Last Updated on June 22, 2019 by Calibre 11
One of the most enjoyable part of writing about watches is having the opportunity to look behind the scenes of how watches are made. In the past we’ve been able to take you on a tour of TAG Heuer’s HQ at La Chaux-de-Fonds and through the Cortech factory, where TAG Heuer makes the Calibre 1887.
What you see in these factories is a reassuring level of “hand made-ness”. Yes, they are modern facilities with elements of high-tech machinery, but while the Swiss watchmaking industry has modernised and changed significantly over the years, it is still an industry of small suppliers based in a network of small villages in the Swiss Jura region.
Artecad in many ways is typical of these suppliers. It’s one of the major employers in its town and from 1885 to 2000 was owned by the same family. And also like many suppliers, it’s no longer independent, but now part of one of the major watch-making groups, LVMH (owners of TAG Heuer).
You probably haven’t heard of Artecad, but they are one of largest specialist dial manufacturers in Switzerland, supply dials to LVMH, Swatch Group and Richemont. And as well as making dials for TH, the company used to be owned by TAG Heuer.
History of Artecad
Artecad traces its origins back to 1885 when the company was known as Kohli, after the family who founded and managed the company. The company is based in a small Swiss town called Tramelan in the north of Switzerland, not that far from Basel. When the company experienced financial difficulties in 1999, it was bought by one of its major customers, TAG Heuer, who changed the name to Artecad.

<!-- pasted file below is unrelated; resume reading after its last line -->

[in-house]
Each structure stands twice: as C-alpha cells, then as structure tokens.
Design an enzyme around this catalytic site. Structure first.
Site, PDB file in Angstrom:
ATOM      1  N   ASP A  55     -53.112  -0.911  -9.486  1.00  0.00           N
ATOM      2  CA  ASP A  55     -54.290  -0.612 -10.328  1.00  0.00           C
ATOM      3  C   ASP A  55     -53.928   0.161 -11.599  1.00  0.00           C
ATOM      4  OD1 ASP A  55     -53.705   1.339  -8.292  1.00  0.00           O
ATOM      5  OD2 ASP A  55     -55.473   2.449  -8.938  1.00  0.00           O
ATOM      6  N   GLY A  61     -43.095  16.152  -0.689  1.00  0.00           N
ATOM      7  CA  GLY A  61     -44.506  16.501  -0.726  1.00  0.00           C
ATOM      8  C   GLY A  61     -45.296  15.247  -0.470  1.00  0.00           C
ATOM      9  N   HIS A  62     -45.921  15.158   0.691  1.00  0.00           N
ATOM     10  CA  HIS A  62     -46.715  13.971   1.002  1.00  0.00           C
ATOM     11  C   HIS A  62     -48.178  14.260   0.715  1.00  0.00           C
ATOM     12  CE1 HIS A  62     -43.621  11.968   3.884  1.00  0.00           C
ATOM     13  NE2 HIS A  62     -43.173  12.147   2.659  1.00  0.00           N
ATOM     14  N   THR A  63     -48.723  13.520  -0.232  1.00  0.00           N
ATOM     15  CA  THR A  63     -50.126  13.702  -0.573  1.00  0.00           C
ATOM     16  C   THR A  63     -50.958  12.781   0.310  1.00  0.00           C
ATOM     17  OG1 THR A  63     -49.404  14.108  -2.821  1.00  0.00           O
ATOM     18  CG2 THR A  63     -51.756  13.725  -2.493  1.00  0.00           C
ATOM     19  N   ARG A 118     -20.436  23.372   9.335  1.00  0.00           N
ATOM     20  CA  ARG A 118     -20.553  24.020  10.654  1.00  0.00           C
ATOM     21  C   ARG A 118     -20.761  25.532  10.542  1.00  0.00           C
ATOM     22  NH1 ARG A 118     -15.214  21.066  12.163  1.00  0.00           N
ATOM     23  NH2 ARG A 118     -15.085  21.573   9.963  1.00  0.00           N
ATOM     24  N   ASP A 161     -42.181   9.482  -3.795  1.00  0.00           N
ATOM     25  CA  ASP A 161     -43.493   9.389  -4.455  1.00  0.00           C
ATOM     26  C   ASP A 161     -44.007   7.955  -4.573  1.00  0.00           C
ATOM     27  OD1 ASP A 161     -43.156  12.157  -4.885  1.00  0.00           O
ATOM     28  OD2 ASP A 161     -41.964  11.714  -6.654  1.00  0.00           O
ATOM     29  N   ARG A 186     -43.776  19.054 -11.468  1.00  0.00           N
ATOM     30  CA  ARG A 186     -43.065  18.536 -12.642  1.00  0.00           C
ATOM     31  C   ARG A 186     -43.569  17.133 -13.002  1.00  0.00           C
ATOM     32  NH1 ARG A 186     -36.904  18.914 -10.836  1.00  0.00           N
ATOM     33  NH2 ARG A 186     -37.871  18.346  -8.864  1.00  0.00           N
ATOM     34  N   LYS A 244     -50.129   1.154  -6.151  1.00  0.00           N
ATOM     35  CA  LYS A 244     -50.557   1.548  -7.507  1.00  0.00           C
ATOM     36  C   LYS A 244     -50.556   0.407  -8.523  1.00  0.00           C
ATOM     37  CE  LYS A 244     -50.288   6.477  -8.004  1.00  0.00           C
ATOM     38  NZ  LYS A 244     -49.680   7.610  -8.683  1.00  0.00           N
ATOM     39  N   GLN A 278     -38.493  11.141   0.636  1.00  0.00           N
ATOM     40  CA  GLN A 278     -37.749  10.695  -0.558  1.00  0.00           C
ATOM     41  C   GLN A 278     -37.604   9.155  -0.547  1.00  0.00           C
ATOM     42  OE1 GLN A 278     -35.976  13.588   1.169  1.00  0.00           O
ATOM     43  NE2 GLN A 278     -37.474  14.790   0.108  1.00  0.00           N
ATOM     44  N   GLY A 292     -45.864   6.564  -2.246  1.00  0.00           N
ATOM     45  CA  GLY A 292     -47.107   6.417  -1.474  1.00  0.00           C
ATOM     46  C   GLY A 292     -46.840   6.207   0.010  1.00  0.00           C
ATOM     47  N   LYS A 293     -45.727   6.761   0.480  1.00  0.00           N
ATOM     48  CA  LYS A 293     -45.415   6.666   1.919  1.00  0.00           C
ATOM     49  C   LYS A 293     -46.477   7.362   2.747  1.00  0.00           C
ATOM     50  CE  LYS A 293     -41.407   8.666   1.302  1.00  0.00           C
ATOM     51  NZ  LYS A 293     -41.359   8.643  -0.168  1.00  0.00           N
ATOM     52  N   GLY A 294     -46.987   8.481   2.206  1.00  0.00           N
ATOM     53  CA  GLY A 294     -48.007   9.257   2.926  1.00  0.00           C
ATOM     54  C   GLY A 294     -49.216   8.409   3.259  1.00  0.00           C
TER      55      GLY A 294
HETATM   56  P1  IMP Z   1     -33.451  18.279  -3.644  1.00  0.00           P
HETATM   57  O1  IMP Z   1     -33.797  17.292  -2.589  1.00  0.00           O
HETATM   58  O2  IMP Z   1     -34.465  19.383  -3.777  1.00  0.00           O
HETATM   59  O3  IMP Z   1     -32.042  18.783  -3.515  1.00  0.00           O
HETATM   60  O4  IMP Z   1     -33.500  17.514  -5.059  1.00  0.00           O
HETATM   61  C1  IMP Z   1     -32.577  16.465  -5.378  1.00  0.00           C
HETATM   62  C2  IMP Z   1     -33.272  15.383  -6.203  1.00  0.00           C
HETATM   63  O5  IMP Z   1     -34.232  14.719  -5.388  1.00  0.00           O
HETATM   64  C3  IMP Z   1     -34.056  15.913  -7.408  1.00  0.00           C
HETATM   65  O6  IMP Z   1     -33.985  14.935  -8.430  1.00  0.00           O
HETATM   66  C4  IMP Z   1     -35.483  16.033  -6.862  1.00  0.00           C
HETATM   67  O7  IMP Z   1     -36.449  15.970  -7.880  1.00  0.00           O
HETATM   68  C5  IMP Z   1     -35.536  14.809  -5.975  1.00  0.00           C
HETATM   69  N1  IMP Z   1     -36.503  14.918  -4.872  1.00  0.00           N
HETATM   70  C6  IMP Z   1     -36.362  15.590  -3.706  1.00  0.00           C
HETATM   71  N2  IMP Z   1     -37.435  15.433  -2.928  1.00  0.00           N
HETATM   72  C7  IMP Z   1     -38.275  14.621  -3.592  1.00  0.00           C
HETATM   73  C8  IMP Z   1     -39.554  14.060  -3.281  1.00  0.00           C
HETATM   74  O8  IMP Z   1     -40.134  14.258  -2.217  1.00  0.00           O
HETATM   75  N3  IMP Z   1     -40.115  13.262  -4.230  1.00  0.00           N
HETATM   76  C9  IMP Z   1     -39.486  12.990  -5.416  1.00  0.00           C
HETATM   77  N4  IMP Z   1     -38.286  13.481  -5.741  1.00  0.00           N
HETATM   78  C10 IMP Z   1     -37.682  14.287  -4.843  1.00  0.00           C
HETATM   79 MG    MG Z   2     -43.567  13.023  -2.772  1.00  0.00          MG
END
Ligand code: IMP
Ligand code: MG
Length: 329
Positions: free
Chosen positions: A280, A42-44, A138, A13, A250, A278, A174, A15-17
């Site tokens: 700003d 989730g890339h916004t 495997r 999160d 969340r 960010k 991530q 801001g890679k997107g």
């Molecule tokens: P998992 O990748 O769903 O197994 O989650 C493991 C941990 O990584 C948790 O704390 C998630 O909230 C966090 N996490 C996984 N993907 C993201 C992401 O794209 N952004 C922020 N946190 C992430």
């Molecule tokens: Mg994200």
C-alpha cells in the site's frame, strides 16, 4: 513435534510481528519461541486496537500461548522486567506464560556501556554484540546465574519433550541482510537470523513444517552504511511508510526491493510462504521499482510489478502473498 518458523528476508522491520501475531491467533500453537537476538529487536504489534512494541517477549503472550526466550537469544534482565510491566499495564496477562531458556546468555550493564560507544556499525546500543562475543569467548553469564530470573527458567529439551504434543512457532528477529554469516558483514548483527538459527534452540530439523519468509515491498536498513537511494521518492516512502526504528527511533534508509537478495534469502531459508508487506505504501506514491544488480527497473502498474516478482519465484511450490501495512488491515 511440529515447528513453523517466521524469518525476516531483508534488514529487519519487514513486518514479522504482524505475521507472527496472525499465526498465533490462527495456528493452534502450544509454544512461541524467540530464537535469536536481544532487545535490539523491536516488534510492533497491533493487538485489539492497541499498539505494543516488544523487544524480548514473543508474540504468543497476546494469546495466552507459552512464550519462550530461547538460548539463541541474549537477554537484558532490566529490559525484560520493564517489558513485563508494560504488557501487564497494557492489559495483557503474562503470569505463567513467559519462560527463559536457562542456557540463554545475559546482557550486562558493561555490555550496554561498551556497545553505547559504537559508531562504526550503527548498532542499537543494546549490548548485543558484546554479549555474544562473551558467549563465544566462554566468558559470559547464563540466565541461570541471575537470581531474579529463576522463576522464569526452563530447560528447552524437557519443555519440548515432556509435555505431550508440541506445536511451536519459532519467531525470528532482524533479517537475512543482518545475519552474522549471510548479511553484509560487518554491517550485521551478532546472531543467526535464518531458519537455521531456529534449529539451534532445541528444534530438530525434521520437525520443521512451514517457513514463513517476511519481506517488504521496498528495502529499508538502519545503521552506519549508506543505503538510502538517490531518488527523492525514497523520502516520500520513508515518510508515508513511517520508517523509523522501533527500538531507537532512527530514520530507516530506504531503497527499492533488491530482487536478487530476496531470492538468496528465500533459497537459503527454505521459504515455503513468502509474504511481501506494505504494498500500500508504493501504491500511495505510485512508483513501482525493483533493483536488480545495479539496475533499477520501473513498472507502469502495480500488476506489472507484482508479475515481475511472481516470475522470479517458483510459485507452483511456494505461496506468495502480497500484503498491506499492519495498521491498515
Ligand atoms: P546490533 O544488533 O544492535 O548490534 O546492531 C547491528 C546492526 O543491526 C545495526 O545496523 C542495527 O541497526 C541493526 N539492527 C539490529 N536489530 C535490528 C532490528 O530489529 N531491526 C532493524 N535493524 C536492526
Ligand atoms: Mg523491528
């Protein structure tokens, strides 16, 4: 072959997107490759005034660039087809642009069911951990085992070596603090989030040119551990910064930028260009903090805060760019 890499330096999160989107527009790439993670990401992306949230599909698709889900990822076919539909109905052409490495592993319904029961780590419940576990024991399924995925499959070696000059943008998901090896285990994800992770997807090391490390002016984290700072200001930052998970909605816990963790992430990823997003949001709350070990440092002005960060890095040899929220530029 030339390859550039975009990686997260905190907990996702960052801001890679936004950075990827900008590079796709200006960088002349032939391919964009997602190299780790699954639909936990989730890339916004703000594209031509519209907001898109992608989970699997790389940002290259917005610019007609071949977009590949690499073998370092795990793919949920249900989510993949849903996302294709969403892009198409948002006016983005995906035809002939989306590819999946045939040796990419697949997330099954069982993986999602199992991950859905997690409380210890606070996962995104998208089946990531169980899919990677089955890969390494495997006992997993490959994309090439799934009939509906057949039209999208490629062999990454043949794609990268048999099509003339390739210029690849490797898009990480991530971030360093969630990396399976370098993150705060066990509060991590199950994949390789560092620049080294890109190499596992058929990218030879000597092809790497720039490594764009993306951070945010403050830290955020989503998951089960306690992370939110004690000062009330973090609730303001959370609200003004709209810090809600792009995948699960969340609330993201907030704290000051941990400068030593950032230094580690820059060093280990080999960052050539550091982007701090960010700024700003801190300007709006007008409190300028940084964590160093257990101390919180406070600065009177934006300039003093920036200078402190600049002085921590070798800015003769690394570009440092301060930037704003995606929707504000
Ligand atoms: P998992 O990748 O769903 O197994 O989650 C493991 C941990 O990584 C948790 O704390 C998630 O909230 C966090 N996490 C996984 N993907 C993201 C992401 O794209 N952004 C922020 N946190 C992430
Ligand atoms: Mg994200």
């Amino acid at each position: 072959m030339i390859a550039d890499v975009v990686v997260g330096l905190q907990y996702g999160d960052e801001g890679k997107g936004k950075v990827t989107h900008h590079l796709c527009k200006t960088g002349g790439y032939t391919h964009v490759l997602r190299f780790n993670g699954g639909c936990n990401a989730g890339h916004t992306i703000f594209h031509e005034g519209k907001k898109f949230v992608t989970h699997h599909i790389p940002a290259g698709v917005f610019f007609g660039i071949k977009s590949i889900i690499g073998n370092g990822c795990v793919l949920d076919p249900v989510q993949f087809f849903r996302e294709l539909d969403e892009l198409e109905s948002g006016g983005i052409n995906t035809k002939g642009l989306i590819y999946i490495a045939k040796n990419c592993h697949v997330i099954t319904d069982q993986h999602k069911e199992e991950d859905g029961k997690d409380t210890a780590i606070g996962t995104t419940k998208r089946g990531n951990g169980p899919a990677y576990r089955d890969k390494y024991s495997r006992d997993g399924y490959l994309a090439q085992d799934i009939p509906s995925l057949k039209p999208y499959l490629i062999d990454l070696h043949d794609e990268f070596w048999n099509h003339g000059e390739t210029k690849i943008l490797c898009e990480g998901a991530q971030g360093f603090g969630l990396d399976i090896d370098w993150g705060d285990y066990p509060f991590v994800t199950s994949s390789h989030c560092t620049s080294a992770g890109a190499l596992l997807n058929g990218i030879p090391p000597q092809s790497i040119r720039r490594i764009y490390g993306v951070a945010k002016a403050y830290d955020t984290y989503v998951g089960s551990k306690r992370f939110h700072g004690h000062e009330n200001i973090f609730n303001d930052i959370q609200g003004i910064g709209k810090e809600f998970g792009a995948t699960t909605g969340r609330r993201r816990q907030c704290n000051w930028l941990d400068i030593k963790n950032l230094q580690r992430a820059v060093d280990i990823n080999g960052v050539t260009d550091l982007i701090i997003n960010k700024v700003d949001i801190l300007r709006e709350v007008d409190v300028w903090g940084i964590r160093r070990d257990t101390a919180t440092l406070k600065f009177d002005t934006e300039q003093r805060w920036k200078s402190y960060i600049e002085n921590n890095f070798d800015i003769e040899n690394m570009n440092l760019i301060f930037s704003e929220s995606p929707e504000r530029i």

TAG Heuer went about modernising the factory and made a series of significant investments allowing rapid prototyping and the capability of making more complex finishes- lacquered, mother of pearl, guilloche, “Star-burst” and jewelled dials.
In 2004, TAG Heuer sold the business to Artecad’s management team- Philip Hubbard and Christopher Gouthier. The pair led another round of investment in the business, and shifted the company from its former location (above) in the centre of the village. In fact, my trip to Artecad started with lunch at a small restaurant (superb, by the way) opposite the old factory. Tramelan is a typical town in the region- quite small, lots of open space and generations of workers who rely on the Watchmaking industry for employment.
In 2008 the new Artecad factory opened on the outskirts of Tramelan- a far cry from the old site in the middle of town. While a more modern factory, it’s still a picturesque setting, as you can see from the view at the Artecad car-park.
Laser Cut Numbers and Indices
Artecad not only makes dials, but also small brass components, such as indexes and numerals. Above you see a brass plate that has been laser-cut, allowing parts such as these small arabic numerals to be cut to a width of 8 Microns (0.008 millimeteres).
Here are the lasers doing their work.
Once the numerals have been cut, they are then glued to a large wheel, ready to be polished. These wheels are then diamond-polished to remove a few microns from the face of the numerals, giving them a shiny finish.